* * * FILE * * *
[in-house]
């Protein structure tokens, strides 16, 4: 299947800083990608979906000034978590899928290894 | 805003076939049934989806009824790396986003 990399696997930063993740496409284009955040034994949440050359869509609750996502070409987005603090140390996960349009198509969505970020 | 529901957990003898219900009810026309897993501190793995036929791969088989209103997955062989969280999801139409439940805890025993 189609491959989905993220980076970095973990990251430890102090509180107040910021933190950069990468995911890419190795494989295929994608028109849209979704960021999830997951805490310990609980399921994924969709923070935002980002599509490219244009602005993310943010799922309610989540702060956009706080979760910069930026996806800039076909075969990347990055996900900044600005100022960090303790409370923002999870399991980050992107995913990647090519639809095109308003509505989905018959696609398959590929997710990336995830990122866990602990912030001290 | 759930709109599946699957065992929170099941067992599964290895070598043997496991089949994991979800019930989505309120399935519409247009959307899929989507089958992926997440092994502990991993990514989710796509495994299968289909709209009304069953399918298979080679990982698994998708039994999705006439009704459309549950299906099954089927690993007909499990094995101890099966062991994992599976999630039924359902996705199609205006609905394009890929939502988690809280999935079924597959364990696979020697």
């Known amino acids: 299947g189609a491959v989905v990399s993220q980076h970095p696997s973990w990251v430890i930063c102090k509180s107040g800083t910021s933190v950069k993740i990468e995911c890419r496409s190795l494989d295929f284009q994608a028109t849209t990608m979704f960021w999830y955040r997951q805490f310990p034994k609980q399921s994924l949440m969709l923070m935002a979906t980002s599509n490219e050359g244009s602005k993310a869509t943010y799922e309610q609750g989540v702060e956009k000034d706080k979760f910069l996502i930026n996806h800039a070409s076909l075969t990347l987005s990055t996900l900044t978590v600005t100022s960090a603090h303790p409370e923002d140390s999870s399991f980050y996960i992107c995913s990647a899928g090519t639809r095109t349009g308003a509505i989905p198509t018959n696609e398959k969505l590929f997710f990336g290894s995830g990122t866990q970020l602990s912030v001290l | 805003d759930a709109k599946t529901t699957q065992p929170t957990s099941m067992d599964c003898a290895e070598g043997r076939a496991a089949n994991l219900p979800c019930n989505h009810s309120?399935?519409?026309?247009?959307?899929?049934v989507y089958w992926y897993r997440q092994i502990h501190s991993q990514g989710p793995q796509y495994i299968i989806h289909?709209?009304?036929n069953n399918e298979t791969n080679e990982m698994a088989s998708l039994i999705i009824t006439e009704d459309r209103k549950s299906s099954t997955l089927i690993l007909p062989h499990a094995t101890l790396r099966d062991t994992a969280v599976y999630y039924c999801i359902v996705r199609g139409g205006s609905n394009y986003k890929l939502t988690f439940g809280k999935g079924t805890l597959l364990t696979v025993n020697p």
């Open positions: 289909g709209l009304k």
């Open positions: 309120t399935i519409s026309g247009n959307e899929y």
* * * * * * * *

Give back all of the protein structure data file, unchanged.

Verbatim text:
[in-house]
């Protein structure tokens, strides 16, 4: 299947800083990608979906000034978590899928290894 | 805003076939049934989806009824790396986003 990399696997930063993740496409284009955040034994949440050359869509609750996502070409987005603090140390996960349009198509969505970020 | 529901957990003898219900009810026309897993501190793995036929791969088989209103997955062989969280999801139409439940805890025993 189609491959989905993220980076970095973990990251430890102090509180107040910021933190950069990468995911890419190795494989295929994608028109849209979704960021999830997951805490310990609980399921994924969709923070935002980002599509490219244009602005993310943010799922309610989540702060956009706080979760910069930026996806800039076909075969990347990055996900900044600005100022960090303790409370923002999870399991980050992107995913990647090519639809095109308003509505989905018959696609398959590929997710990336995830990122866990602990912030001290 | 759930709109599946699957065992929170099941067992599964290895070598043997496991089949994991979800019930989505309120399935519409247009959307899929989507089958992926997440092994502990991993990514989710796509495994299968289909709209009304069953399918298979080679990982698994998708039994999705006439009704459309549950299906099954089927690993007909499990094995101890099966062991994992599976999630039924359902996705199609205006609905394009890929939502988690809280999935079924597959364990696979020697």
């Known amino acids: 299947g189609a491959v989905v990399s993220q980076h970095p696997s973990w990251v430890i930063c102090k509180s107040g800083t910021s933190v950069k993740i990468e995911c890419r496409s190795l494989d295929f284009q994608a028109t849209t990608m979704f960021w999830y955040r997951q805490f310990p034994k609980q399921s994924l949440m969709l923070m935002a979906t980002s599509n490219e050359g244009s602005k993310a869509t943010y799922e309610q609750g989540v702060e956009k000034d706080k979760f910069l996502i930026n996806h800039a070409s076909l075969t990347l987005s990055t996900l900044t978590v600005t100022s960090a603090h303790p409370e923002d140390s999870s399991f980050y996960i992107c995913s990647a899928g090519t639809r095109t349009g308003a509505i989905p198509t018959n696609e398959k969505l590929f997710f990336g290894s995830g990122t866990q970020l602990s912030v001290l | 805003d759930a709109k599946t529901t699957q065992p929170t957990s099941m067992d599964c003898a290895e070598g043997r076939a496991a089949n994991l219900p979800c019930n989505h009810s309120?399935?519409?026309?247009?959307?899929?049934v989507y089958w992926y897993r997440q092994i502990h501190s991993q990514g989710p793995q796509y495994i299968i989806h289909?709209?009304?036929n069953n399918e298979t791969n080679e990982m698994a088989s998708l039994i999705i009824t006439e009704d459309r209103k549950s299906s099954t997955l089927i690993l007909p062989h499990a094995t101890l790396r099966d062991t994992a969280v599976y999630y039924c999801i359902v996705r199609g139409g205006s609905n394009y986003k890929l939502t988690f439940g809280k999935g079924t805890l597959l364990t696979v025993n020697p």
């Open positions: 289909g709209l009304k």
């Open positions: 309120t399935i519409s026309g247009n959307e899929y």